The baby chicks arrived. They came on Sunday which is very unusual. By a fortunate twist of fate I received the phone message from the Vineyard Haven Post Office in the nick of time. They would have had to spend the night. They already were two days in shipment. The good news about baby chicks is that they can go for a couple of days without food or water when they first hatch. This is nature’s grand scheme. When a mother hen is setting on a clutch of eggs — it takes twenty-one days — she won’t leave the nest until all have hatched. The process could take two or three days. The first ones have to wait for their siblings before mom takes them off in search of food and water. When receiving an order from a big hatchery those days are spent en route. At any rate, all was well with the little ones.

Because they do not have a mother, the babies need to be taught to drink. Violet and her friend Ella Keohane took over the task. They dunked the little beaks in the water dish until the chicks got the idea. All in all it’s a pretty exciting experience. The novelty wears off pretty soon, however, as they rapidly become unwanted guests in the bathroom. Within a few weeks they will take up residence in the greenhouse under a heat lamp at night.

I have started transplanting. It is the only thing I do with which I seem to have infinite patience. The seedlings are so small that it would be impossible without reading glasses. I find it quite relaxing. I have divided thyme, sage, lavender, and snapdragons. Snaps are the only annual I have started. They take forever to get up to size so starting them in January or February is a must. One year I grew lisianthus which also took months under lights. I found them unworthy of the extra effort. Snaps, however, are a favorite of my customers. I only grow the rocket variety in mixed colors.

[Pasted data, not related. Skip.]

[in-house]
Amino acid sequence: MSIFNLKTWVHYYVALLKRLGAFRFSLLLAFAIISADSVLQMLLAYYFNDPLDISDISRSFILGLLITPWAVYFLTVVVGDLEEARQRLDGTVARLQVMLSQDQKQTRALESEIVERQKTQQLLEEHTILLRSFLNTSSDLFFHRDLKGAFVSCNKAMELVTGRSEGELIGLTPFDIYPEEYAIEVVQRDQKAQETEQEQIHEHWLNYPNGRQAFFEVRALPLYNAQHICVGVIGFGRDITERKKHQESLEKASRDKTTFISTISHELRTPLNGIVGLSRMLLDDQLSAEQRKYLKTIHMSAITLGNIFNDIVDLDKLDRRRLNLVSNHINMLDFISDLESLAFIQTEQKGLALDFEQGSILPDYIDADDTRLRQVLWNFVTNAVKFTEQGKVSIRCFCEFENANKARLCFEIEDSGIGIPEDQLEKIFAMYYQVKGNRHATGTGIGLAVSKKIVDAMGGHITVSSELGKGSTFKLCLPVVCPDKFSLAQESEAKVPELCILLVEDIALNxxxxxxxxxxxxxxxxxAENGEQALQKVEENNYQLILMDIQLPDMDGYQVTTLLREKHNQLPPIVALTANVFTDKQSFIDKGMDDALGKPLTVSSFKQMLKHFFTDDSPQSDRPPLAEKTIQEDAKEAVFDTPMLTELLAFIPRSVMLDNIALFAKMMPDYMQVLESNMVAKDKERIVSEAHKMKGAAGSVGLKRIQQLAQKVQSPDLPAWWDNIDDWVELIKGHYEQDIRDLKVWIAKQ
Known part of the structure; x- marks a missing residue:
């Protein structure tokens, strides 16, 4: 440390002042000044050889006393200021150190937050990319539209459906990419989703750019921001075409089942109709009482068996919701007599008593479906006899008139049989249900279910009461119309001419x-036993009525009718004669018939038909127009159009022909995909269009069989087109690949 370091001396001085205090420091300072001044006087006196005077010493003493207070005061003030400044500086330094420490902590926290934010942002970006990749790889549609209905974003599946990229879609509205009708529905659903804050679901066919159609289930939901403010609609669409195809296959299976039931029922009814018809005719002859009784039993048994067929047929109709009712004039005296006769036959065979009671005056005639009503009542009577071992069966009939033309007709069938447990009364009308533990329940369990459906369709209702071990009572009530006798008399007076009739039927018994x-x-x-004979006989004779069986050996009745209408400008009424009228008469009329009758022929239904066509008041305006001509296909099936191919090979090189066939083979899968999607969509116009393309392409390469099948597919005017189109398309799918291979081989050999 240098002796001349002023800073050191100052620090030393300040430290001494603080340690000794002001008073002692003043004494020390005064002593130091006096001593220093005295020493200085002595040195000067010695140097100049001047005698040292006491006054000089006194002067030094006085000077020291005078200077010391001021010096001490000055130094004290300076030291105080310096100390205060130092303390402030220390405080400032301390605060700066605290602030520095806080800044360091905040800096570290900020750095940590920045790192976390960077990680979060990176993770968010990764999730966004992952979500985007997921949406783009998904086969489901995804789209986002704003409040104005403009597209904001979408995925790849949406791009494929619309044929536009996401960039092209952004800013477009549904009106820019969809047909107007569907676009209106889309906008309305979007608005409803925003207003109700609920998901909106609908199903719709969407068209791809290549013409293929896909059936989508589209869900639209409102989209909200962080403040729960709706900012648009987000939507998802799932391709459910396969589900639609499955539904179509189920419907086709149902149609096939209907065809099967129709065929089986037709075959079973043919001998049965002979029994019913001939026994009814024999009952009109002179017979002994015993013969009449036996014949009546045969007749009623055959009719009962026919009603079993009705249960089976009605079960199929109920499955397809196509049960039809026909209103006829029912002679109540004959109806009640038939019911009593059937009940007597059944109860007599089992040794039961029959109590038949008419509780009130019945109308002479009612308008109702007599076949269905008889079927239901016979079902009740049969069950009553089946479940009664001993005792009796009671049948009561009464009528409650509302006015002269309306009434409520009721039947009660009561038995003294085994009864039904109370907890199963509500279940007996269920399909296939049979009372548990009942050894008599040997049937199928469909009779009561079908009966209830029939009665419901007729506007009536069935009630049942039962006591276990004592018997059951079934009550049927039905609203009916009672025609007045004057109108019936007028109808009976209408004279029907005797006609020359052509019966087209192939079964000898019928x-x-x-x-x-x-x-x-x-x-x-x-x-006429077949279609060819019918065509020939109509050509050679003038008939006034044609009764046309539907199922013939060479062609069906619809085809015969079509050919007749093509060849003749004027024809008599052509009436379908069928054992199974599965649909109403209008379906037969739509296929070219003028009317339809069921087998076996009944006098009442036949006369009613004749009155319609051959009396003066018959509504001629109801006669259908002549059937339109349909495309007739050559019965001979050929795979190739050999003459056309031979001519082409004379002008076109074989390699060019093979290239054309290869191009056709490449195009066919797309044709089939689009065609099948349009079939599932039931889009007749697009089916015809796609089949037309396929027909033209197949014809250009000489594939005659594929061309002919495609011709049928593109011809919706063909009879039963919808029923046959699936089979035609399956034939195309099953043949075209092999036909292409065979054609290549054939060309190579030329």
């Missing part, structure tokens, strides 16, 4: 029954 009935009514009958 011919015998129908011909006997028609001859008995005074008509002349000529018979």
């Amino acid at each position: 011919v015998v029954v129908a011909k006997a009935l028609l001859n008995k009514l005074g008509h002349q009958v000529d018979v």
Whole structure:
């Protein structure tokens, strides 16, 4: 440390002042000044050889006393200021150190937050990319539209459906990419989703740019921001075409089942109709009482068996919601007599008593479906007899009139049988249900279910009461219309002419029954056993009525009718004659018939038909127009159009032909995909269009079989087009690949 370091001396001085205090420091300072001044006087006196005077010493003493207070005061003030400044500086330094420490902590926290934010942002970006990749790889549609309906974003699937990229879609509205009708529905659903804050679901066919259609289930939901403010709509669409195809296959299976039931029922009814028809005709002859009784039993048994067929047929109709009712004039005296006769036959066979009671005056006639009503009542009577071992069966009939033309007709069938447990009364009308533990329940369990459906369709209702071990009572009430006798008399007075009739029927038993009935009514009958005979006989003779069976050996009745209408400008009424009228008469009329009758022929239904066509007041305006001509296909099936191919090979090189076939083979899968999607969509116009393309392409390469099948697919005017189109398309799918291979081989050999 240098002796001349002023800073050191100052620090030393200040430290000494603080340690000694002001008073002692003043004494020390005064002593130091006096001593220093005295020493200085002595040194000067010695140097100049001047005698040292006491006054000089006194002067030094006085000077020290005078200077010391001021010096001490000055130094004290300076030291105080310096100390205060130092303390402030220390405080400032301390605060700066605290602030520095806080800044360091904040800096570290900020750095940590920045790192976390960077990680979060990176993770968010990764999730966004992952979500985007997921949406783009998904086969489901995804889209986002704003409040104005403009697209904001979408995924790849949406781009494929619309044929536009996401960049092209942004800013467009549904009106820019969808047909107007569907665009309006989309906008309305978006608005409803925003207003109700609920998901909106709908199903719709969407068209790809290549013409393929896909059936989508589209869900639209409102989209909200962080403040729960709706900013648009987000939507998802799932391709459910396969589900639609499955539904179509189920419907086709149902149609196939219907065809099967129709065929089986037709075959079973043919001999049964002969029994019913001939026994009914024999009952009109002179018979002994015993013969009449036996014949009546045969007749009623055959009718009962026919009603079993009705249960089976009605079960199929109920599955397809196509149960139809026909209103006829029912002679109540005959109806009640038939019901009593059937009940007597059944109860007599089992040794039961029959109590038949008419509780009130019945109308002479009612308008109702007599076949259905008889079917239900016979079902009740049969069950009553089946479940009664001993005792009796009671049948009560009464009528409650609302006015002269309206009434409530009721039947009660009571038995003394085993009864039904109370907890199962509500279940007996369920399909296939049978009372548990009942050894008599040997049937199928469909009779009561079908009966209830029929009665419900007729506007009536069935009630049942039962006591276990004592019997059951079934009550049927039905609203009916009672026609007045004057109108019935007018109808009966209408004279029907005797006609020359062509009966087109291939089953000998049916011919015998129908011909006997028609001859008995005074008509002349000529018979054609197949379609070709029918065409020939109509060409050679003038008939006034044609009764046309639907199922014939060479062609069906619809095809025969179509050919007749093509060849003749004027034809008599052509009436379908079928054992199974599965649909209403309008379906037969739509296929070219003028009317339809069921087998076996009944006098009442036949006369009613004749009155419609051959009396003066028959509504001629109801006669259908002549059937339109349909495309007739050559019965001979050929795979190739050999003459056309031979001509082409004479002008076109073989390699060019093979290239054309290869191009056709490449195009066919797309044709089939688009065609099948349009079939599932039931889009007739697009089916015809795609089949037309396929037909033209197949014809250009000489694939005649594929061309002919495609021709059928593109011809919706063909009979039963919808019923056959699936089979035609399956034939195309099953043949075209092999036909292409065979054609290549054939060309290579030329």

Both kale and beets have germinated in fish totes under the bench in the greenhouse without benefit of the heated propagating mat. Radishes will come right along as well. A simple plastic sheet thrown over a cold frame will suffice. If it gets really cold at night I toss a piece of bubble wrap on the seedlings in addition to the plastic cover.

It’s an awkward time for outside plant decorations. The Christmas arrangements are beginning to look shabby while it’s too early for Johnny-jump-ups and blooming bulbs. I finally took down the colored lights entwined in my side yard apple tree. I was amazed by the good job I had done putting them up. I had carefully wrapped them around each branch. It became such an annoying task that I chose a change of attitude and sang a couple of verses of Oh Holy Night. Because I was pathetically lazy in December I did not make a wreath. Instead I came across last year’s in the compost and spray painted it red. Remarkably, it looks good from a distance. Perhaps I’ll spray some purple or yellow on it to update it for the new season.

I simply must take issue with Newt Gingrich’s endless rhetoric about Obama being a food stamp president. First of all, we’re talking about giving food to poor people here, not ridiculous tax loopholes and breaks to gazillionaires. The people receiving food aid (there are no “stamps” anymore in the age of plastic debit cards) must qualify under pretty strict guidelines. We’re talking poverty-level incomes from possibly two minimum wage jobs. The supplemental help is little more than $200 or $300 a month. It doesn’t even cover dish or laundry soap or toilet paper. These families are trying to feed their children. We all know how much teenagers eat!

I wonder if Newt and Callista could feed themselves on $200 a month? Oh, I forgot, he has that extra million from soaking Freddie Mac, then criticizing that it helped the poor buy houses. How is it that the so-called Christian conservatives have forgotten one of the most frequent directives in the Bible — Feed the Poor.

I loved Hubert Humphrey. I waited on him once in a Washington restaurant in 1968 — a kind and gracious man. He is quoted, “It was once said that the moral test of government is how that government treats those who are in the dawn of life, the children; those who are in the twilight of life, the elderly; and those who are in the shadows of life, the sick, the needy, and the handicapped.”

I am actually not as annoyed with Newt as with those who believe him. So many of his supporters are the ones who will benefit the least from the Republican policies. Go figure!